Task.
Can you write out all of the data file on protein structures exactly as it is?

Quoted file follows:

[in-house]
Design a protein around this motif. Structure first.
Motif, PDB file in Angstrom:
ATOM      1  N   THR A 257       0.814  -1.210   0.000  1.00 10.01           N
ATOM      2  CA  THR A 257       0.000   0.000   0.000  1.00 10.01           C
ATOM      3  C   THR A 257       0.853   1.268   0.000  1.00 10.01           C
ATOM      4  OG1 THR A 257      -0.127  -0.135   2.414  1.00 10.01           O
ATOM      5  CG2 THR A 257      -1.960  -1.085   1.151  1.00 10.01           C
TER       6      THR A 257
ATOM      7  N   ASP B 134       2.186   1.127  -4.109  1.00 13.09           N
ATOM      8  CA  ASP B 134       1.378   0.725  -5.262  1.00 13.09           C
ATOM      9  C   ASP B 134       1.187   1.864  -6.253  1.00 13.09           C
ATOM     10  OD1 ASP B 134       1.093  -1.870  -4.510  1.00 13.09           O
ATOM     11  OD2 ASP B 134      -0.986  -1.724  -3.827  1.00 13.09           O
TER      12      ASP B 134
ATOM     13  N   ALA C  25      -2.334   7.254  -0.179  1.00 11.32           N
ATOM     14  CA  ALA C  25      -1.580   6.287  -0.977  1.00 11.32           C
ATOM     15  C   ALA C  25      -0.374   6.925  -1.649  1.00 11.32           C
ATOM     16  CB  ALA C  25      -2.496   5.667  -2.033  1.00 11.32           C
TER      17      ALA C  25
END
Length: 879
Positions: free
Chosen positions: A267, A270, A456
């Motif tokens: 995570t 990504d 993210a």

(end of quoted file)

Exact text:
[in-house]
Design a protein around this motif. Structure first.
Motif, PDB file in Angstrom:
ATOM      1  N   THR A 257       0.814  -1.210   0.000  1.00 10.01           N
ATOM      2  CA  THR A 257       0.000   0.000   0.000  1.00 10.01           C
ATOM      3  C   THR A 257       0.853   1.268   0.000  1.00 10.01           C
ATOM      4  OG1 THR A 257      -0.127  -0.135   2.414  1.00 10.01           O
ATOM      5  CG2 THR A 257      -1.960  -1.085   1.151  1.00 10.01           C
TER       6      THR A 257
ATOM      7  N   ASP B 134       2.186   1.127  -4.109  1.00 13.09           N
ATOM      8  CA  ASP B 134       1.378   0.725  -5.262  1.00 13.09           C
ATOM      9  C   ASP B 134       1.187   1.864  -6.253  1.00 13.09           C
ATOM     10  OD1 ASP B 134       1.093  -1.870  -4.510  1.00 13.09           O
ATOM     11  OD2 ASP B 134      -0.986  -1.724  -3.827  1.00 13.09           O
TER      12      ASP B 134
ATOM     13  N   ALA C  25      -2.334   7.254  -0.179  1.00 11.32           N
ATOM     14  CA  ALA C  25      -1.580   6.287  -0.977  1.00 11.32           C
ATOM     15  C   ALA C  25      -0.374   6.925  -1.649  1.00 11.32           C
ATOM     16  CB  ALA C  25      -2.496   5.667  -2.033  1.00 11.32           C
TER      17      ALA C  25
END
Length: 879
Positions: free
Chosen positions: A267, A270, A456
């Motif tokens: 995570t 990504d 993210a």